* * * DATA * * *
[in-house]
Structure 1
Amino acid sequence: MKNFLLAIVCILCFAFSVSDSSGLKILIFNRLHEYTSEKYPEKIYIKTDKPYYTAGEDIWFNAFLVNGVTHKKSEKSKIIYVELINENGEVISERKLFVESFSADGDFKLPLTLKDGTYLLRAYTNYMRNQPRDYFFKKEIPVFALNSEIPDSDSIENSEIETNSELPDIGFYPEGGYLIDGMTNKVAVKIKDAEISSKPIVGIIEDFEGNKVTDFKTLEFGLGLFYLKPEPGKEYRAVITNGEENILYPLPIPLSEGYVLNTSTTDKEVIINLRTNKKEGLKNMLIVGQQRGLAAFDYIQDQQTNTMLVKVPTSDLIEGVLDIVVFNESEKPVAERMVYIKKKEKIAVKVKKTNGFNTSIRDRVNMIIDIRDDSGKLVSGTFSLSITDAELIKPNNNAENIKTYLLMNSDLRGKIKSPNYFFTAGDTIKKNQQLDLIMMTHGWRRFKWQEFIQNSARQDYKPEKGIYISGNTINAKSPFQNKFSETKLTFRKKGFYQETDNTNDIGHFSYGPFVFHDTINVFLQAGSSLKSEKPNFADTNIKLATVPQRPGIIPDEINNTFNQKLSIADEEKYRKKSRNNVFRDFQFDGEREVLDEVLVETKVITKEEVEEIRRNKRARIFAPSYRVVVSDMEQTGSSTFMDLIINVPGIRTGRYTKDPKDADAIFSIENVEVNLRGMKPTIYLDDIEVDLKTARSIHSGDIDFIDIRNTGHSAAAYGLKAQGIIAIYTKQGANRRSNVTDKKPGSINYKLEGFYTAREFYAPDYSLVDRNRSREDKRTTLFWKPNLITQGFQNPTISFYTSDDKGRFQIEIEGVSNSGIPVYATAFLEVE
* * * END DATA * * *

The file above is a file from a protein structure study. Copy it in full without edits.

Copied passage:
[in-house]
Structure 1
Amino acid sequence: MKNFLLAIVCILCFAFSVSDSSGLKILIFNRLHEYTSEKYPEKIYIKTDKPYYTAGEDIWFNAFLVNGVTHKKSEKSKIIYVELINENGEVISERKLFVESFSADGDFKLPLTLKDGTYLLRAYTNYMRNQPRDYFFKKEIPVFALNSEIPDSDSIENSEIETNSELPDIGFYPEGGYLIDGMTNKVAVKIKDAEISSKPIVGIIEDFEGNKVTDFKTLEFGLGLFYLKPEPGKEYRAVITNGEENILYPLPIPLSEGYVLNTSTTDKEVIINLRTNKKEGLKNMLIVGQQRGLAAFDYIQDQQTNTMLVKVPTSDLIEGVLDIVVFNESEKPVAERMVYIKKKEKIAVKVKKTNGFNTSIRDRVNMIIDIRDDSGKLVSGTFSLSITDAELIKPNNNAENIKTYLLMNSDLRGKIKSPNYFFTAGDTIKKNQQLDLIMMTHGWRRFKWQEFIQNSARQDYKPEKGIYISGNTINAKSPFQNKFSETKLTFRKKGFYQETDNTNDIGHFSYGPFVFHDTINVFLQAGSSLKSEKPNFADTNIKLATVPQRPGIIPDEINNTFNQKLSIADEEKYRKKSRNNVFRDFQFDGEREVLDEVLVETKVITKEEVEEIRRNKRARIFAPSYRVVVSDMEQTGSSTFMDLIINVPGIRTGRYTKDPKDADAIFSIENVEVNLRGMKPTIYLDDIEVDLKTARSIHSGDIDFIDIRNTGHSAAAYGLKAQGIIAIYTKQGANRRSNVTDKKPGSINYKLEGFYTAREFYAPDYSLVDRNRSREDKRTTLFWKPNLITQGFQNPTISFYTSDDKGRFQIEIEGVSNSGIPVYATAFLEVE